Brock clearly recognized that she had a business opportunity. She originally raised seed capital from friends and family but soon realized she needed professional guidance to take her passion for natural, herbal skincare products to a successful business operation.
Brenda admits she didn’t know what she was getting into and needed help figuring out her costs and where to store her products. She turned to the Rhode Island Small Business Development Center for assistance. An RISBDC consultant met with Brenda and her husband Bill to develop Farmaesthetics’ first business plan. She learned about cost of goods sold and financial projections. With a solid business plan in hand Brenda confidently met with potential investors and eventually received a loan from Citizens Bank that was guaranteed by the SBA.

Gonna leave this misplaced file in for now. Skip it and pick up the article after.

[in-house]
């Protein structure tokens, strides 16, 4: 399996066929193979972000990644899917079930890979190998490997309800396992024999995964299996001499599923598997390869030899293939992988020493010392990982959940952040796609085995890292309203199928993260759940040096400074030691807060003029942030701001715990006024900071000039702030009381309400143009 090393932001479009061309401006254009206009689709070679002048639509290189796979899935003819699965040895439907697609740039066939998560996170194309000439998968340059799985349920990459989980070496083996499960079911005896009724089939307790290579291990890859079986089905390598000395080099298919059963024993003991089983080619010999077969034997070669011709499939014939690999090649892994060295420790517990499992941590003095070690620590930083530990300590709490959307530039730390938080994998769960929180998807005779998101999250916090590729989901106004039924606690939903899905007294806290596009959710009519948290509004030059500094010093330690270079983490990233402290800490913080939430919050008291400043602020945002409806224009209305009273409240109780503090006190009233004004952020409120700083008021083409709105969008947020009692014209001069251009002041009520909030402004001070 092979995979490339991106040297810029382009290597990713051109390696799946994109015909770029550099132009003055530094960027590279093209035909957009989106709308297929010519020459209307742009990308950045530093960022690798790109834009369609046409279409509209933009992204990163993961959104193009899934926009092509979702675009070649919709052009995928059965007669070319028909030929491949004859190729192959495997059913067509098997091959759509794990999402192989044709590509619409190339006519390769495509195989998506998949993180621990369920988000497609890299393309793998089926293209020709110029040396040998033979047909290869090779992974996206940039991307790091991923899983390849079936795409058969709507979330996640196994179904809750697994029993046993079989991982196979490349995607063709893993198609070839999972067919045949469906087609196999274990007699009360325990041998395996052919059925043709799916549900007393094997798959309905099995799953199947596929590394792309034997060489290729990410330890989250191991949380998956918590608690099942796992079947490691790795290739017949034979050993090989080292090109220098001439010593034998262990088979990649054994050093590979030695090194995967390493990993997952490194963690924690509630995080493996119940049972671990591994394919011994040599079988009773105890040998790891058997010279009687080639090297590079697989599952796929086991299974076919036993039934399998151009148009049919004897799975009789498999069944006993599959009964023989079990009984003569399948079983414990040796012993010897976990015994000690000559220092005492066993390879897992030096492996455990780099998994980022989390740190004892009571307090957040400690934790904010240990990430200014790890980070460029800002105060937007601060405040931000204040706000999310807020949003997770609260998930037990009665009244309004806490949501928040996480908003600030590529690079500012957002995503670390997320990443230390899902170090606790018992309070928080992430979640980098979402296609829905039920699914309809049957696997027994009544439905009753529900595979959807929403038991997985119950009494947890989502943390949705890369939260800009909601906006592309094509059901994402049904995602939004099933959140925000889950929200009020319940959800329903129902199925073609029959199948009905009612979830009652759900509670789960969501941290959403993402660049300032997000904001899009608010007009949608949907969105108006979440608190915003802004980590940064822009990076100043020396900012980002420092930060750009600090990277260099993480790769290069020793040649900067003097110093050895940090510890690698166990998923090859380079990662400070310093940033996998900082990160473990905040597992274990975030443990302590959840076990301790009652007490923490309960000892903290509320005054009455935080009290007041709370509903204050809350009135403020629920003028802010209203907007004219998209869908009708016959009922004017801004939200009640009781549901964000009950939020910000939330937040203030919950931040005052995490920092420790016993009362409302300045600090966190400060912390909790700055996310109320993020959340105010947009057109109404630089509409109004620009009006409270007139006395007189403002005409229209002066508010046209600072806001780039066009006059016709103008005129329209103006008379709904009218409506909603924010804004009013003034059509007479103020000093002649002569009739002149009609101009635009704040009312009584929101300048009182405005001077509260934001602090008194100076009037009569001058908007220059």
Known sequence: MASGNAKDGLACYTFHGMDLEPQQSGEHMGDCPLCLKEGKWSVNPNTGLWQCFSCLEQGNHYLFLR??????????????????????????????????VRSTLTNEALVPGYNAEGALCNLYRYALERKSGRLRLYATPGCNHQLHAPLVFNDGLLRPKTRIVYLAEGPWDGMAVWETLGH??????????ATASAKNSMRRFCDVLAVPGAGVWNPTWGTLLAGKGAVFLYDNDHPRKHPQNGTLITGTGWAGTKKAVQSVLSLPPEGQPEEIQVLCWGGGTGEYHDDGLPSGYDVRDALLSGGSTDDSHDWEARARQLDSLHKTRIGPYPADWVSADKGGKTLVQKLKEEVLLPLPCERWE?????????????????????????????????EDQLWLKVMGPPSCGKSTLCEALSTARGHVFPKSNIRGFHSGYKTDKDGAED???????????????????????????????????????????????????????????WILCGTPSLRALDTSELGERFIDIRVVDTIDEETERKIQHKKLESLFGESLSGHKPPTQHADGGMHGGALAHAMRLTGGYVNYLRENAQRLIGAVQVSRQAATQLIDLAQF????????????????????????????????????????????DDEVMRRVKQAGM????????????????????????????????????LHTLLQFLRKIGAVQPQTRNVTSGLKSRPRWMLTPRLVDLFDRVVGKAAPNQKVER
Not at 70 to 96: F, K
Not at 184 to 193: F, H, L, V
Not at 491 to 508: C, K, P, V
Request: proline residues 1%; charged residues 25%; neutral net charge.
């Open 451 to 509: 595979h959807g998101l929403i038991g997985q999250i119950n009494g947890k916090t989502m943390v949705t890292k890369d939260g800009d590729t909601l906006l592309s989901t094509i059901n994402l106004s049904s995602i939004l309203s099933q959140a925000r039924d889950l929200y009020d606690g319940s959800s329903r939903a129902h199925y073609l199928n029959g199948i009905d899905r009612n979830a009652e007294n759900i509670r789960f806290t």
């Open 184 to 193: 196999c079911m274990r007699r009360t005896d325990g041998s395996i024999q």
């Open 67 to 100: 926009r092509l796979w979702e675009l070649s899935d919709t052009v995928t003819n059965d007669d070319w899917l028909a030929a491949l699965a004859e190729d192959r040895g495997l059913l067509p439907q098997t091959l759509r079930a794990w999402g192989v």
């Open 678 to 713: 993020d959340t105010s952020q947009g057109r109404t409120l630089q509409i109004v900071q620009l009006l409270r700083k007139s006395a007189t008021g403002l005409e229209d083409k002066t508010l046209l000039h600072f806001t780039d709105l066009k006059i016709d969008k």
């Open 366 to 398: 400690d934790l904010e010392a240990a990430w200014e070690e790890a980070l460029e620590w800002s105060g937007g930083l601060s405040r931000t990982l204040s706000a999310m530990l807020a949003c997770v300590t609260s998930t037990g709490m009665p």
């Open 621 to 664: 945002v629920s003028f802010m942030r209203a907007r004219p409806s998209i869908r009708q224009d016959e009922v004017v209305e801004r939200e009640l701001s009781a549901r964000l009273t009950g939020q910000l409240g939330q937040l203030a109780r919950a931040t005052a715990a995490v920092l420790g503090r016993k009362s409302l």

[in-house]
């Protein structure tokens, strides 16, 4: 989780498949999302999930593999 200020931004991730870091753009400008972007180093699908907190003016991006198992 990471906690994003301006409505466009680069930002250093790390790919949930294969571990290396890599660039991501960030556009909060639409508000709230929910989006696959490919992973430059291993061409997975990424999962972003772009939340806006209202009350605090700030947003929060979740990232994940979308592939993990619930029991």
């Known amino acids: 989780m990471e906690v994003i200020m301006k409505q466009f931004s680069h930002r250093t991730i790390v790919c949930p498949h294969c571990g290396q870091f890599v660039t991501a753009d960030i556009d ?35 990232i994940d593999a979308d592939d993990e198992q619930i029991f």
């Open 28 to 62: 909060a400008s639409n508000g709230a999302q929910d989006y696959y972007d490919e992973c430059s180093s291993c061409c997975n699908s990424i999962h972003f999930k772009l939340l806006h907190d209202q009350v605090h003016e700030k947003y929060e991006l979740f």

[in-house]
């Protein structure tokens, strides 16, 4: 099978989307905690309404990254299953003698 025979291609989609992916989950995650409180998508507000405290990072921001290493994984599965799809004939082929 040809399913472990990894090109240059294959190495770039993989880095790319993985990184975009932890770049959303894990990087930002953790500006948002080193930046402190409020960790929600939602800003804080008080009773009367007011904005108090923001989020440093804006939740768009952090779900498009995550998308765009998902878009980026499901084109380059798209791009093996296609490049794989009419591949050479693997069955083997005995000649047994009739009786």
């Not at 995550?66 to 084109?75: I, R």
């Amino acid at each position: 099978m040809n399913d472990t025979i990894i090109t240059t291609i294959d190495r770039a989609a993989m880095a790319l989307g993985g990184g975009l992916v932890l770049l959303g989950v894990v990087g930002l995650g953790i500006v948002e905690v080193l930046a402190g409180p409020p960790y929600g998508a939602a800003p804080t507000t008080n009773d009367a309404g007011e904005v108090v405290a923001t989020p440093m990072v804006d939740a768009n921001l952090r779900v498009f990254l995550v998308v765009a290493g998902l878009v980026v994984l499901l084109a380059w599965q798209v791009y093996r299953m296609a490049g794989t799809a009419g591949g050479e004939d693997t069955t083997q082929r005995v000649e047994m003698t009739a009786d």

Brock admits that the assistance she received from the RISBDC helped her move the business from her kitchen to 250 square feet of space in an old trolley barn in Newport.
Farmaesthetics has since received additional funding backed by SBA to help Brenda grow her business. Today, the business is located in 2,500 square feet in the same old trolley barn in Newport and is the company’s “World Headquarters.”
Brenda’s achievements include being named Time Magazine’s “100 Most Influential People and Ideas Behind Green Design in Beauty,” and one of the “Five Entrepreneurs at the Forefront of the Natural Beauty Revolution” by Luxury Spafinder. Farmaesthetics products made the cover of Cosmetic/Personal Care Packaging Magazine for their leadership position in “green” packaging design.